Yes, it means by and large, there is no limit on the ability of magic users in the Potterverse, save their ability to maintain their concentration and focus. Counter-spells and counter hexes make targeting other magic-users more difficult, but not impossible. Spells such as Protego (Order of the Phoenix) are used to prevent spells from taking effect, but are considered difficult to learn. (Half Blood Prince)
As long as a spell user has a wand, they are quite capable of performing and manipulating their environment based on their magical training and practical skill with magic. The greater natural talent, magical training and practical skill, the more effective they appear to be with magic and the more effortless they appear to be able to use said magic.
It does not mean there is no cost to the use of magic. Harry's first attempts to use the Patronus Charm to repel the boggart in the classroom with Professor Lupin (Prisoner of Azkaban) was less than successful and later only when it was backed with intense emotion was he able to create it effectively.
Rowling's writings do not seem to indicate significant stress on the part of anyone using magic except for Ron Weasley whose magical aptitude was always questionable in the early days of his education.
In the Harry Potter Universe, magic appears to function as a technology. Humans create technology in order to do work. In the Potterverse, wizards use magic to perform feats such as moving materials or themselves (Apparate or an Animagus' transformation), open doors (Alohomora), altering the composition of matter (Episkey), or altering the capabilities of people using potions (waterbreathing).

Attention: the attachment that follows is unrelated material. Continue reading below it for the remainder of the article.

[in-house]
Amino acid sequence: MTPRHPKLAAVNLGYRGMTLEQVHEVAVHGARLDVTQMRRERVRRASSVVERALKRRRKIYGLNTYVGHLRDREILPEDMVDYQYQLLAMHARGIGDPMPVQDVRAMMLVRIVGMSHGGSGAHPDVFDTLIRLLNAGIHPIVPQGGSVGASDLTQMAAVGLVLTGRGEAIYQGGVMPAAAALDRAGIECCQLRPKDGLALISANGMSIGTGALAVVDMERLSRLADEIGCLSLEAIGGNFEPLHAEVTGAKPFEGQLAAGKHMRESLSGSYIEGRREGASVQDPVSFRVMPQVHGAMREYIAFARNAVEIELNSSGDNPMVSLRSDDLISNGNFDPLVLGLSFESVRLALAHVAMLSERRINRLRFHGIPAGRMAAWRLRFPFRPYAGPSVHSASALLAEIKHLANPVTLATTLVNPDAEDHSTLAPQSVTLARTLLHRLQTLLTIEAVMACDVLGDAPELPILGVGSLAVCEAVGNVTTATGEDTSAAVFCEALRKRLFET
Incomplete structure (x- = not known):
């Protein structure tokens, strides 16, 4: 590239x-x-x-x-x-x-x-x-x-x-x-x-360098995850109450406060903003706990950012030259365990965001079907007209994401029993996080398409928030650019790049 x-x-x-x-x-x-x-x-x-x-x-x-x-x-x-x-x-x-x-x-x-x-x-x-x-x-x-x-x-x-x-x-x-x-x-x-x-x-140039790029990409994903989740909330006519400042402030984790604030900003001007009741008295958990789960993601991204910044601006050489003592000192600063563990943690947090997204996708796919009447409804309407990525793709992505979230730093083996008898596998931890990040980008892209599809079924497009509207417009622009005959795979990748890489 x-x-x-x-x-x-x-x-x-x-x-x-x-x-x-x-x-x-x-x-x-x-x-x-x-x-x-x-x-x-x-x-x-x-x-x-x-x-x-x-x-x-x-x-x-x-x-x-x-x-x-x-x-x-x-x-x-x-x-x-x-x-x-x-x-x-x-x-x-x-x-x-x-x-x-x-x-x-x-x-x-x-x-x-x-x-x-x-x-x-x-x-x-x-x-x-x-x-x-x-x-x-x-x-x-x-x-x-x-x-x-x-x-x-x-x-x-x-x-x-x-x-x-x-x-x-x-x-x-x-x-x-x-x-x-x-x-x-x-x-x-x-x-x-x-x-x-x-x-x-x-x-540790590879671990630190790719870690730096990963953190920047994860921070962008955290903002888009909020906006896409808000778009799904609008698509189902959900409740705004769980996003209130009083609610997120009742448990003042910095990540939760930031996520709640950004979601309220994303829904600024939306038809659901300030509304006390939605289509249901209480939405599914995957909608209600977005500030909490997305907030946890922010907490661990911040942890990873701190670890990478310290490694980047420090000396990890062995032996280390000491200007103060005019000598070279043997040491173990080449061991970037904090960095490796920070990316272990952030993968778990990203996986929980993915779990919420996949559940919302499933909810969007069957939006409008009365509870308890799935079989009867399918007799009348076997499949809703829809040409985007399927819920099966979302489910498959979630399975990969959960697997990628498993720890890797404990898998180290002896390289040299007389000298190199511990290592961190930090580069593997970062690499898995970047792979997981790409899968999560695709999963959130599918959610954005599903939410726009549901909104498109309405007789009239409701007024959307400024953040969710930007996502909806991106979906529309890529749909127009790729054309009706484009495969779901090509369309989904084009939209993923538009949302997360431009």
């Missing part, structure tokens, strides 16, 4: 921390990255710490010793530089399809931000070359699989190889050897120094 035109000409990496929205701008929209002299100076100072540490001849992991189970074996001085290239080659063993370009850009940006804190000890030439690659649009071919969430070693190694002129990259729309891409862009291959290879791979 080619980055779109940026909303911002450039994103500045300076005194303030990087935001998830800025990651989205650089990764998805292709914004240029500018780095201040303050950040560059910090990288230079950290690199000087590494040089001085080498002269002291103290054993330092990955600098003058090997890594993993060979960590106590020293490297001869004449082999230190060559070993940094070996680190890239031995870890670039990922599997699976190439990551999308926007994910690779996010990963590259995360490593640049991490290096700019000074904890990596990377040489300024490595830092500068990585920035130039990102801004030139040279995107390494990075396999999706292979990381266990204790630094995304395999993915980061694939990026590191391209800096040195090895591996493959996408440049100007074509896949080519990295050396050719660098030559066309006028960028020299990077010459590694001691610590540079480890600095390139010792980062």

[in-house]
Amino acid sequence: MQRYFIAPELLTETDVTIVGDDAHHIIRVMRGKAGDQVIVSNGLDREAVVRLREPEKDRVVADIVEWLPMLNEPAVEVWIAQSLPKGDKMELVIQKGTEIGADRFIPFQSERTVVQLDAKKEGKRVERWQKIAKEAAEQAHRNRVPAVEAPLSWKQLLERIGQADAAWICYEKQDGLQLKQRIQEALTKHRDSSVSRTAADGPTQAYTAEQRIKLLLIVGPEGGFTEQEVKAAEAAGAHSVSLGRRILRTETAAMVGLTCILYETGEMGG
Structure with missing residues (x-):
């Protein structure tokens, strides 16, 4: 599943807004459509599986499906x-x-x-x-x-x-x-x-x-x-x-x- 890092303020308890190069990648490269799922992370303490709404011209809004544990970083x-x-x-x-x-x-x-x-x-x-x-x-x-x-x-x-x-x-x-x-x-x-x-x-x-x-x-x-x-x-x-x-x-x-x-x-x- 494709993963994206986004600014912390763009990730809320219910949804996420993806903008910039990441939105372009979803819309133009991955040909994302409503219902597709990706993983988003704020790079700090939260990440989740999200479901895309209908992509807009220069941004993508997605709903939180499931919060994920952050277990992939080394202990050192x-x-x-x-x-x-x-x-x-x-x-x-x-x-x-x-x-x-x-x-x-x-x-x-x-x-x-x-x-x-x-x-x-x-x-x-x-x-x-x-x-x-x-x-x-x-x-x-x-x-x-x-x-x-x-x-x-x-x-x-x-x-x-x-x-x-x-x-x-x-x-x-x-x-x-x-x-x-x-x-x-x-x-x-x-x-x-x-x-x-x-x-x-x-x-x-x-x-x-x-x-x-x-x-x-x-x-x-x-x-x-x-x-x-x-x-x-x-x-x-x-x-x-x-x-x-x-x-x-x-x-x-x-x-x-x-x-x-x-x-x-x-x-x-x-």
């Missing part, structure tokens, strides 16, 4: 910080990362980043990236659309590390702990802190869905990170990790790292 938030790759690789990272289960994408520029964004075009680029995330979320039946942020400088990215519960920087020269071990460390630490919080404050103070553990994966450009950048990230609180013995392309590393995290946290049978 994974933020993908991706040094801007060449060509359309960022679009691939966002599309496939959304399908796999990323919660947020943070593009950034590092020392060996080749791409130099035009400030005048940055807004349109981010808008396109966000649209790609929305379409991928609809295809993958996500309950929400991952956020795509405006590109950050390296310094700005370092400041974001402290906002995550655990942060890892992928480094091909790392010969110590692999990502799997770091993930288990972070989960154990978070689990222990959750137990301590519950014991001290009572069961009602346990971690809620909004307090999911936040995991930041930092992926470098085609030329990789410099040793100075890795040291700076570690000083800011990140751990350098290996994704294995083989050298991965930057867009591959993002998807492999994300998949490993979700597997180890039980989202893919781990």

As long as the users were working with already known spells they possessed familiarity with, there seemed to be little if any physical fatigue associated with using that magic. In the early stages of magical training, there may be some fatigue until the spell becomes familiar to use.
I suspect part of the reason there is little fatigue is because of their use of wands and other foci in their spell-casting. The focus directs and supports the use of the energy of their magic, the same way a gun directs and releases the energy of a bullet from a gun.
In the same way, you could throw a rock to hit and harm an opponent, it is likely wizards could throw spells in a without a wand to attempt to disable an opponent, but the wand helps focus the magic faster, better, easier and far more effectively. I also suspect the more powerful the spell, or more powerful the effect, the greater the effort and greater the toll it takes on the spell-caster.
This explains why students might even knowing the same spell as their professors lacking the ability to defeat their far more powerful professors in direct confrontation, partially due to the students lacking the focus and concentration to effectively overcome their professors experience manipulating and controlling magical energies.
Many of the magical disciplines, such as potion-making take the effort associated with magic and places it within a potion to be released only upon consumption. So it might take you days to create a complex potion (taxing your strength and creativity until it is done) but it will sit ready once created for immediate use.
Magic acts for all intents and purposes as a means of controlling work, power and effort until such time as needed in the same manner as machines might do for the Muggles who are not part of their magical community.
The Potterverse's approach to magic use is very different from other spell using stories in which wizards or magic-users experience fatigue from their use of magic. But whether there is fatigue or not varies widely from series to series. The convention for wizards possessing limits in literature may come from their long association with role-playing games which put limits on the power of wizards such as mana use or spell use limitations to control the otherwise awesome power wizards have in that medium.